Three thoughts after Germany’s 3-2 takedown of Portugal in the first quarterfinal of Euro 2008:
• Man of the Match: Bastian Schweinsteiger. It’s hard to believe that the game-changing Schweiny didn’t even merit a start in the Germans’ first two matches, because he has been a menace whenever he’s been on the field in Euro 2008. Speed, confidence and a sure finishing touch: the man with the Euro’s worst dye-job brought it all today in his first start of the tournament, abusing Portuguese defenders (usually Paulo Ferreira) and turning Germany back into, well, Germany. It was Schweinsteiger’s punishing run and finish that gave Germany a 1-0 lead (right after João Moutinho had botched an easy finish for Portugal), and it was Schweiny whose perfect free kicks found their targets on the two other German goals. That Croatia loss is a dim memory now thanks in large measure to Schweinsteiger, and the road ahead looks bright for die Mannschaft.
• You can’t give the Germans too many set-pieces—and if you do you had better defend on them. Consider the dumb Portuguese yellow-card fouls that gave the Germans their goal-scoring free kicks: a silly takedown by Petit of a jail-breaking Christoph Metzelder (a central defender, for god’s sake!) and a totally unnecessary foul by Pepe on Miroslav Klose when Germany was on a harmless three-on-five attack. And while plenty of credit should go to Germany for its set-piece precision, the Portuguese defense on those goals was shocking: Cristiano Ronaldo completely lost Klose on the second German goal, and Paulo Ferreira lost Michael Ballack (with an assist from at-sea goalkeeper Ricardo) on what proved to be the game-winner.
• The Germans aren’t just tough—they’re savvy, too. In some ways the Germans remind me of a late-career Michael Jordan, who knew all the little tricks (probably illegal, but not very noticeable and almost never called) to give himself the hair’s breadth of space he needed to operate. That’s what I was thinking today on two separate plays: the look-and-you'll-miss-it stiff-arm that Lukas Podolski gave Bosingwa to provide himself just enough time and space to fire his pass to Schweinsteiger for Goal No. 1, and the harmless-looking little shove that Ballack gave to Paulo Ferreira that removed any obstacles from his path to heading in Goal No. 3. Neither move was pronounced enough to warrant a whistle, and you can’t deny that they were highly, highly effective.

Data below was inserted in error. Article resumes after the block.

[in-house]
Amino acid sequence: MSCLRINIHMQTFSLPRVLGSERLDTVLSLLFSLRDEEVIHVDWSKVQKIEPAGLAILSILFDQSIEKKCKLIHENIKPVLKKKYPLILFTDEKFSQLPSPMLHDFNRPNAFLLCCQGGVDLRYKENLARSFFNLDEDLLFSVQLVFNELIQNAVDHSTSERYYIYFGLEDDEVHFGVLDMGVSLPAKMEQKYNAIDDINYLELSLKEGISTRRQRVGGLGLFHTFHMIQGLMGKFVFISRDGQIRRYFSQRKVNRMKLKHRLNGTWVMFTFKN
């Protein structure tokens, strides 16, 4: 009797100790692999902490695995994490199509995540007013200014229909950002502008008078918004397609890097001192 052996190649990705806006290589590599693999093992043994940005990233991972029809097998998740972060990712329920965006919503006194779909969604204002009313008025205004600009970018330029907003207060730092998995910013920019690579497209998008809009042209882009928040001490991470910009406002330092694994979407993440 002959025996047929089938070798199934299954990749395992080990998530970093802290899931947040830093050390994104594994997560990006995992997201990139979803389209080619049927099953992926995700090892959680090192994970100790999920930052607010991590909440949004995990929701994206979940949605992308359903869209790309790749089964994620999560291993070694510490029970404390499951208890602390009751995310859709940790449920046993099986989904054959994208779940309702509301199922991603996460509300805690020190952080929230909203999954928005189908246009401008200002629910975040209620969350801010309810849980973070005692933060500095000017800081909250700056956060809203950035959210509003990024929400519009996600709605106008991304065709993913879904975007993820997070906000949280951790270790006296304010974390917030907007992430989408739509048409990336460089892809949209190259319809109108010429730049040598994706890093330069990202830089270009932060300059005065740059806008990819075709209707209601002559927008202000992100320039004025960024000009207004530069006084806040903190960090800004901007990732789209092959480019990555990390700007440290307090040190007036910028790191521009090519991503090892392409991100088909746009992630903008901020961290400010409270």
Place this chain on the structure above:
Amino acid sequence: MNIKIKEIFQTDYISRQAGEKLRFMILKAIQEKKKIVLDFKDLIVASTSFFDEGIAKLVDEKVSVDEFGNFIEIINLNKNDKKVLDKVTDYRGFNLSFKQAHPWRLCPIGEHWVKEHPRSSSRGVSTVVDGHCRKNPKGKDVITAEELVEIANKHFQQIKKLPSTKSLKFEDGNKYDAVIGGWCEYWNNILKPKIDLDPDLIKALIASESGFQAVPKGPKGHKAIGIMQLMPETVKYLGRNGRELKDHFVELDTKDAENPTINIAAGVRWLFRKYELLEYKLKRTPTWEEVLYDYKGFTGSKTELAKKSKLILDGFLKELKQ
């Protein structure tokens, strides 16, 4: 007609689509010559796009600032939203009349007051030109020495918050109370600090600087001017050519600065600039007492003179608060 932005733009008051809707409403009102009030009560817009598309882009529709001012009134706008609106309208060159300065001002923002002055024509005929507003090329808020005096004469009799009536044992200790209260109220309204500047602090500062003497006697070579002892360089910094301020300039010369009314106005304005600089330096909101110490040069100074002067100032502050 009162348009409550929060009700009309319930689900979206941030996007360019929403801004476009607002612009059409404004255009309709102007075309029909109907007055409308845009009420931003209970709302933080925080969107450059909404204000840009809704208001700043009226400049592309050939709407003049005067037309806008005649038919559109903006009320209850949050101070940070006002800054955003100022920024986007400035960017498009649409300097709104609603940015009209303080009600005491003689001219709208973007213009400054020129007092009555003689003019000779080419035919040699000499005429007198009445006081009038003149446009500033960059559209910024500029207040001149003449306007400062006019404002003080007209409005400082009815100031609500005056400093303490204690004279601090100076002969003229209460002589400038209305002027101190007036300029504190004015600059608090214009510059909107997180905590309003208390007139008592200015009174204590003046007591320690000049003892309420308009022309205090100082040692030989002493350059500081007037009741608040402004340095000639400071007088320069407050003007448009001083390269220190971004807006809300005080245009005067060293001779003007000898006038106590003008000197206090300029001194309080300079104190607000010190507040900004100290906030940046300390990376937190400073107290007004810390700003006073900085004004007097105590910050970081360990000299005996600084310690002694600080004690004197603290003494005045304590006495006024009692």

Through-balls: There have been complaints about the Euro 2008 bracket set-up from the start, and for good reason: We may now see a rematch of a group game (Germany vs. Croatia) before we even get the final. There’s something that’s just not right about that ... If countries like Portugal can’t find a decent goalkeeper, then I wonder how long it will be before they start naturalizing uncapped American netminders (and I’m only half-kidding here) ... Impressive pit-stains on Joachim Löw’s designer shirt up in the bad-boy’s box ... I’m scratching my head more than ever about Big Phil Scolari’s decision to stick with the disappointing Simão in this tournament when capable replacements were abundant ... I’ll take back what I said about Nuno Gomes. He’s hardly a classic forward, but he is a high-energy player who works his tail off, has impressive vision and causes good things to happen—kind of a soccer version of a “point-forward” in basketball. Still can’t figure out why Scolari took him off in the second half ... That stiff-arm by Podolski makes me believe more than ever that he could have been a good running back in American football ... Guess it’s time for me to face the music now that my pick to win it all (Portugal) is out of the tournament. Serves me right for gloating earlier today ... Nice to see UEFA hired the “crack” groundskeeper from the Los Angeles Coliseum and brought him to Basel.
Is this just the start of another German title run? How much blame do you think Cristiano Ronaldo deserves for the Portuguese loss? Please post your comments below, and check back tomorrow for the latest edition of the Euro 2008 blog ...